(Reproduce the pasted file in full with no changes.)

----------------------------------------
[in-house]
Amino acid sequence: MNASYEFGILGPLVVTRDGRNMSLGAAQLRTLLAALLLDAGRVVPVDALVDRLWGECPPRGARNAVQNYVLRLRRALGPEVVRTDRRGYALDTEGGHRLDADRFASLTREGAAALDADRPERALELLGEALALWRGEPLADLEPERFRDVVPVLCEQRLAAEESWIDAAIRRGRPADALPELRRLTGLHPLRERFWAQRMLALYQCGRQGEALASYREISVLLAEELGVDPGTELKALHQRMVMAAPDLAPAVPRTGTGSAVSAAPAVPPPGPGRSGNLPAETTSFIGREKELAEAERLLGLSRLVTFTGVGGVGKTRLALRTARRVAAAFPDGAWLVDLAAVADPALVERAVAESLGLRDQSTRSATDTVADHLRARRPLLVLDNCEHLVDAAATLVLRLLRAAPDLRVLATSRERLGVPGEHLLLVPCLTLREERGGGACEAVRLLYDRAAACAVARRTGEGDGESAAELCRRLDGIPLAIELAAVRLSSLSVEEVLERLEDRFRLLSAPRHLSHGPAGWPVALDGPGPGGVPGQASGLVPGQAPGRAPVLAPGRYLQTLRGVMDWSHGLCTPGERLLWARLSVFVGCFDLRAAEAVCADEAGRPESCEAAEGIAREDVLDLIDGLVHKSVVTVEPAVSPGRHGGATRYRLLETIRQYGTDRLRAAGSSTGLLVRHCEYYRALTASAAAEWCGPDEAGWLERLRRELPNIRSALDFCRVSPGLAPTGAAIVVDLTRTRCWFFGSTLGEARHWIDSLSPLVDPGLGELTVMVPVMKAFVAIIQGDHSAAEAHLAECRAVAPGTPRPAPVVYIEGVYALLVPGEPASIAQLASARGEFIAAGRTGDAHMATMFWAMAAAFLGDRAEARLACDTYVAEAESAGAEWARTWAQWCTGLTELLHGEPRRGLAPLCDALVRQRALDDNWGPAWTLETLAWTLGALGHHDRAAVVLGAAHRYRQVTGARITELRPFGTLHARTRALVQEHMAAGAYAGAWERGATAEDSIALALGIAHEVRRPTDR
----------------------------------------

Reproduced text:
[in-house]
Amino acid sequence: MNASYEFGILGPLVVTRDGRNMSLGAAQLRTLLAALLLDAGRVVPVDALVDRLWGECPPRGARNAVQNYVLRLRRALGPEVVRTDRRGYALDTEGGHRLDADRFASLTREGAAALDADRPERALELLGEALALWRGEPLADLEPERFRDVVPVLCEQRLAAEESWIDAAIRRGRPADALPELRRLTGLHPLRERFWAQRMLALYQCGRQGEALASYREISVLLAEELGVDPGTELKALHQRMVMAAPDLAPAVPRTGTGSAVSAAPAVPPPGPGRSGNLPAETTSFIGREKELAEAERLLGLSRLVTFTGVGGVGKTRLALRTARRVAAAFPDGAWLVDLAAVADPALVERAVAESLGLRDQSTRSATDTVADHLRARRPLLVLDNCEHLVDAAATLVLRLLRAAPDLRVLATSRERLGVPGEHLLLVPCLTLREERGGGACEAVRLLYDRAAACAVARRTGEGDGESAAELCRRLDGIPLAIELAAVRLSSLSVEEVLERLEDRFRLLSAPRHLSHGPAGWPVALDGPGPGGVPGQASGLVPGQAPGRAPVLAPGRYLQTLRGVMDWSHGLCTPGERLLWARLSVFVGCFDLRAAEAVCADEAGRPESCEAAEGIAREDVLDLIDGLVHKSVVTVEPAVSPGRHGGATRYRLLETIRQYGTDRLRAAGSSTGLLVRHCEYYRALTASAAAEWCGPDEAGWLERLRRELPNIRSALDFCRVSPGLAPTGAAIVVDLTRTRCWFFGSTLGEARHWIDSLSPLVDPGLGELTVMVPVMKAFVAIIQGDHSAAEAHLAECRAVAPGTPRPAPVVYIEGVYALLVPGEPASIAQLASARGEFIAAGRTGDAHMATMFWAMAAAFLGDRAEARLACDTYVAEAESAGAEWARTWAQWCTGLTELLHGEPRRGLAPLCDALVRQRALDDNWGPAWTLETLAWTLGALGHHDRAAVVLGAAHRYRQVTGARITELRPFGTLHARTRALVQEHMAAGAYAGAWERGATAEDSIALALGIAHEVRRPTDR